For the first part, you could plug in a=0 and ##F_{friction}=\mu_sF_N##. In the second part we need different substitutions.
     
  10. Feb 8, 2019 #9
    Normal force and frictional force. Gravitational force would not change.

    I'm still confused.. sorry. What does this part mean? ##ma=\Sigma F=mg\sin(\theta)-F_{friction}##, I haven't seen learned (##\Sigma##) this yet. Does it mean ##ma=mg\sin(\theta)-F_{friction}##? If so, then you said to let ##a=0## and ##F_{friction}=\mu_sF_N##? If this is the correct way to write this, does that mean that mass cancels out again just like in part a?
     
  11. Feb 8, 2019 #10
    ##\Sigma## is a capital "sigma". It means "sum." ##ma = \Sigma F## means "##ma## is the sum of all the forces."
     
  12. Feb 8, 2019 #11
    Thank you.
     
  13. Feb 8, 2019 #12

    jbriggs444

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    Would the normal force change very much in a transition from just-before slipping to just-after slipping?
     
  14. Feb 8, 2019 #13
    I guess it wouldn't. Would friction be the only force that changes then?
     
  15. Feb 8, 2019 #14

    jbriggs444

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    Yes, That is what @haruspex was trying to get you to realize.
     
  16. Feb 8, 2019 #15
    Okay. If only friction changes how can I use F=ma to solve for acceleration? I'm lost.
     
  17. Feb 8, 2019 #16

    jbriggs444

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    Before it broke loose, it was stationary. Acceleration was what?
    After it broke loose, friction changed. By how much did it change?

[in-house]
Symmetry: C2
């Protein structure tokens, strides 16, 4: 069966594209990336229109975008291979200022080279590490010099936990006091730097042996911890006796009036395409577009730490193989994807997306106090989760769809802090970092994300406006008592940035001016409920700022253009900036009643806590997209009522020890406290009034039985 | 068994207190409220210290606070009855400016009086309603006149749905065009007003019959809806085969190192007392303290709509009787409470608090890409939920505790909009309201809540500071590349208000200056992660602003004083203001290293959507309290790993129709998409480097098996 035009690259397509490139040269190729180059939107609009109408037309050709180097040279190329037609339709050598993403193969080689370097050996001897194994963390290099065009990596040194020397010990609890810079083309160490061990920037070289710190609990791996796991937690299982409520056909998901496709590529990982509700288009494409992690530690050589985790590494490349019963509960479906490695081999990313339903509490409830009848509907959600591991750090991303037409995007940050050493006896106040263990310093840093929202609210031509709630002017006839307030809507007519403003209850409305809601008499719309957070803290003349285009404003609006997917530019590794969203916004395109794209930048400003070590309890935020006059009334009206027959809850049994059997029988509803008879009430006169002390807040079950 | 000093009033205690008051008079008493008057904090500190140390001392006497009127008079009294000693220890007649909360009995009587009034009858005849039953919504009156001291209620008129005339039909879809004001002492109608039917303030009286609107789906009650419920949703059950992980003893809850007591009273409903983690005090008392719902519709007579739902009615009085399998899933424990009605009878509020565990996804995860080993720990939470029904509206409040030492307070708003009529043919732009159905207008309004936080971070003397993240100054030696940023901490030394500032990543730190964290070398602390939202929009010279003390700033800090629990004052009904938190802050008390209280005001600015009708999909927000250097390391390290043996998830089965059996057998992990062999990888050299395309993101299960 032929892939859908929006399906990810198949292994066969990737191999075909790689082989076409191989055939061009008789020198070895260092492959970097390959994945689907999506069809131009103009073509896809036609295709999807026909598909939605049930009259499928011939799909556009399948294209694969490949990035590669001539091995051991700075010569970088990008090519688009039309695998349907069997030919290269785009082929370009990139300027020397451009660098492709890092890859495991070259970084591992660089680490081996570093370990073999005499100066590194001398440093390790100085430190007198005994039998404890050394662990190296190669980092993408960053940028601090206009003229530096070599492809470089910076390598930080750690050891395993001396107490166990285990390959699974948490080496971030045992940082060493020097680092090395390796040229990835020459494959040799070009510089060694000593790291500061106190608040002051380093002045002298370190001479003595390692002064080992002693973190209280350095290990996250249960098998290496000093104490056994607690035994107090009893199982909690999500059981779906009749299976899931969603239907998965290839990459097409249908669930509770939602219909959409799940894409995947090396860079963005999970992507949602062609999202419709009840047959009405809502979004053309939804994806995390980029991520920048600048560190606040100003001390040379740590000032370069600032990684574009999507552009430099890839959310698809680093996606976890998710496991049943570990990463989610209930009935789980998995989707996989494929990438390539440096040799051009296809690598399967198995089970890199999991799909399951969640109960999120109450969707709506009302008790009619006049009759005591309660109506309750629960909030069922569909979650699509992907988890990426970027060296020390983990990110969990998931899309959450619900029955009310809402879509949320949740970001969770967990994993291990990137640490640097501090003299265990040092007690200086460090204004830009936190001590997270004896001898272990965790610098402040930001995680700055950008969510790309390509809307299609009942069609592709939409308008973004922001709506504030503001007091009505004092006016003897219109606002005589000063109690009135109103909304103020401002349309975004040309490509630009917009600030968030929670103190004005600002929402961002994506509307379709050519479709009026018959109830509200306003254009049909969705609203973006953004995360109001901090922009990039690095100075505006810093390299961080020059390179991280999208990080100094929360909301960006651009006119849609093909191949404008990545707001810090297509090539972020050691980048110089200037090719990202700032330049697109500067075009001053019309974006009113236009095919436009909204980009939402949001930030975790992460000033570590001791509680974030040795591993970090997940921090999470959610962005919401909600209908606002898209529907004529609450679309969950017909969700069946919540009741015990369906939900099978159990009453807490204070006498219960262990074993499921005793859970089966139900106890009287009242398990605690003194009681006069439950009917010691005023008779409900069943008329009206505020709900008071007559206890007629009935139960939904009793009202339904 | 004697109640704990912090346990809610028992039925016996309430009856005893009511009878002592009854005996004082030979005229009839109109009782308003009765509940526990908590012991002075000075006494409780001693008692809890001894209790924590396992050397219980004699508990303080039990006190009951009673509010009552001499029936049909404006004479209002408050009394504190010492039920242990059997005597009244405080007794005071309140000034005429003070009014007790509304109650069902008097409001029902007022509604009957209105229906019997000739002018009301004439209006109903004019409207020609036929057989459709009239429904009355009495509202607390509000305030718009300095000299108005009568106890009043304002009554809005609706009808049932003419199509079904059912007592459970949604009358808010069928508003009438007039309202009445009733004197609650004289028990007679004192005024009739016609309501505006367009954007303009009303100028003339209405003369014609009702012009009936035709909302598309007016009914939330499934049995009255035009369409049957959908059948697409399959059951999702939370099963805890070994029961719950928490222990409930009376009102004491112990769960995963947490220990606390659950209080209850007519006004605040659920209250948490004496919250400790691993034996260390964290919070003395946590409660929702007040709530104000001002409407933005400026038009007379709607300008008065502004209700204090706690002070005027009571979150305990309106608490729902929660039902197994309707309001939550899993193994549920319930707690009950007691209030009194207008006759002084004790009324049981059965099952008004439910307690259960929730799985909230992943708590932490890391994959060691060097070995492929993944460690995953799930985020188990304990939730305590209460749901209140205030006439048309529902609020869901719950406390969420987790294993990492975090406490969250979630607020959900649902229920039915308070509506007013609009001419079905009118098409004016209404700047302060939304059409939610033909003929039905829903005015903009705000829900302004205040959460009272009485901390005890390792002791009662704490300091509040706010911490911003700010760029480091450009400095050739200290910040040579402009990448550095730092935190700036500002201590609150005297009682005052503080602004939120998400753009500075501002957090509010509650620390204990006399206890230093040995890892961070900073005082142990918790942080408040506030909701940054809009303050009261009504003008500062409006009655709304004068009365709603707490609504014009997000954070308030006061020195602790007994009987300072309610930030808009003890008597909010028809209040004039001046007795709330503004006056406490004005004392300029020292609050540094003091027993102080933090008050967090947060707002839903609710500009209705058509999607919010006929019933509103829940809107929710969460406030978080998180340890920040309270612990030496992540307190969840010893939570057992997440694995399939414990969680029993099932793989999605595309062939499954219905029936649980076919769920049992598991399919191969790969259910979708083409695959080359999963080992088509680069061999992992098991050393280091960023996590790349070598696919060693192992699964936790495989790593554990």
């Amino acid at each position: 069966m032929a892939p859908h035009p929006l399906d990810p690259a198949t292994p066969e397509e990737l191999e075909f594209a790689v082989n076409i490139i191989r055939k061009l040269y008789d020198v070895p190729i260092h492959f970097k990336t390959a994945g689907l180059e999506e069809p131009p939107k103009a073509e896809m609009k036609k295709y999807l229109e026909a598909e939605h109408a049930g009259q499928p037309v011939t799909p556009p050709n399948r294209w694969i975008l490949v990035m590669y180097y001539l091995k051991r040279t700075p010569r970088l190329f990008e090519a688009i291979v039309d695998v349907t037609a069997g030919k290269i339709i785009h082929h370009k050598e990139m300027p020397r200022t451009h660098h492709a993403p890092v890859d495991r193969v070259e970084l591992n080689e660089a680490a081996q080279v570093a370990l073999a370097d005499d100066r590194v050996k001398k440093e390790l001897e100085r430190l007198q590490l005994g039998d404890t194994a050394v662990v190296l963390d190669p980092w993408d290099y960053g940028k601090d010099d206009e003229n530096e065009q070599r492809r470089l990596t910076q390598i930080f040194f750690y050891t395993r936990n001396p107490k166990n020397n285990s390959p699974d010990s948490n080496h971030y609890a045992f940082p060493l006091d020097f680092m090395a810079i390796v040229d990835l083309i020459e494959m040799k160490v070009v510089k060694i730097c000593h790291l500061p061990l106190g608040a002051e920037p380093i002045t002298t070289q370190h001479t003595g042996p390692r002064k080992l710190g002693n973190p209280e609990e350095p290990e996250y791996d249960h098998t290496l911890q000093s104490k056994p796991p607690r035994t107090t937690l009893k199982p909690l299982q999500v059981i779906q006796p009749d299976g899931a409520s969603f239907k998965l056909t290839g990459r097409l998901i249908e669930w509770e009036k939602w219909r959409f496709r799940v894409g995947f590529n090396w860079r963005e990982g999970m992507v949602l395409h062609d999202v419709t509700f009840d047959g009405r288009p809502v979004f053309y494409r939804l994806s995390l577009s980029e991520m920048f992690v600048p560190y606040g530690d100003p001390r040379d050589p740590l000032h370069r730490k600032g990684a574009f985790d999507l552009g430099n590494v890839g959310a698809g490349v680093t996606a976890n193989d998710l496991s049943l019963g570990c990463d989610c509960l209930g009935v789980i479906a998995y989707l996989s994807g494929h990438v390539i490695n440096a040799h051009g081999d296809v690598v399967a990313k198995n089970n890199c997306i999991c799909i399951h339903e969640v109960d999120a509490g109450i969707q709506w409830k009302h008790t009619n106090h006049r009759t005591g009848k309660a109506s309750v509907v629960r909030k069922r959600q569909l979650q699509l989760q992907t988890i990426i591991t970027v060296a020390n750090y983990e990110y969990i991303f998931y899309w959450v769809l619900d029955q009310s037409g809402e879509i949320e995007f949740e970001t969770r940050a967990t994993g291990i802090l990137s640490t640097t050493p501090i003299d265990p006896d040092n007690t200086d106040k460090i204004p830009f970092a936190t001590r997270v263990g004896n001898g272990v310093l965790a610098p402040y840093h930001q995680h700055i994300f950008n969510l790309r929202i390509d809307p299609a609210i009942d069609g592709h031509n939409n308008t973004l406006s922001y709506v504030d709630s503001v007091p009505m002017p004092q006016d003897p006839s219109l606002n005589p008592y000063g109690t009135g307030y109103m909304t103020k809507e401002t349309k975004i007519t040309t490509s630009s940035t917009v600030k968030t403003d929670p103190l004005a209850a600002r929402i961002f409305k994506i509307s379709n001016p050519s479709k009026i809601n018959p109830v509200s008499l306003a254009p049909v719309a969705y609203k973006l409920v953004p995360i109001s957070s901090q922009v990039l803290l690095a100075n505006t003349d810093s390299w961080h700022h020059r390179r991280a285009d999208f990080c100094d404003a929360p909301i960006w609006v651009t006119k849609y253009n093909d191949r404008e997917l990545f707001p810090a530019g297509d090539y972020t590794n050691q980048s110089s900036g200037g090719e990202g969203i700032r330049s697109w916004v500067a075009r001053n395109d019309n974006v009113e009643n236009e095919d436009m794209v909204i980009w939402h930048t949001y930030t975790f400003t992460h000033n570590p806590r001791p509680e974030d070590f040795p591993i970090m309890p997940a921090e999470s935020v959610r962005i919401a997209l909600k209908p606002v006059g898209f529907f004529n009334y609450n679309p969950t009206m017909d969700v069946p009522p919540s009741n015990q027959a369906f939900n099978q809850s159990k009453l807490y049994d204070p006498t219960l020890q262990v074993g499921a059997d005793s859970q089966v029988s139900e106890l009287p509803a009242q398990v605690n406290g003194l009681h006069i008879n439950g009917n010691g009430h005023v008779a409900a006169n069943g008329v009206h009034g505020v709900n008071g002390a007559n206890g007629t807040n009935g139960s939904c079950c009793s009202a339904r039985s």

As a result of that change, how much should acceleration change?
    So how much acceleration will result?

    That is an outline of the strategy I would use.
     
  18. Feb 8, 2019 #17
    Before it broke loose the acceleration was ##a=0.0m/s^2##
    After it broke loose, the friction changed from ##\mu_s=0.4## to ##\mu_k=0.3##. I guess this would result in a change of 0.1 in friction? I haven't had to do that yet.
    How can I find how the acceleration will change from the change in friction?
     
  19. Feb 8, 2019 #18

    jbriggs444

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    Yep.
    The relevant coefficient of friction changed by 0.1. If we just knew the normal force, we could translate that into a change in frictional force. Had we calculated the normal force yet? If not, we can write a force balance equation in the normal direction to figure it out.
     
  20. Feb 8, 2019 #19
    Alright. This would be the equation to calculate the normal force. I would have to do this for each box because of the different masses right? 10kg and 20kg.

    Hopefully this is correct. I just have to plug everything in.

    \begin{array}{l}
    F_{net}=F_N-F_g \\
    F_{net}=F_N-mg \\
    0 N=F_N-mg \cos \theta \\
    F_N=mg\cos \theta
    \end{array}
     
  21. Feb 8, 2019 #20

    jbriggs444

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    Good. Now with that in hand, can you take the next steps?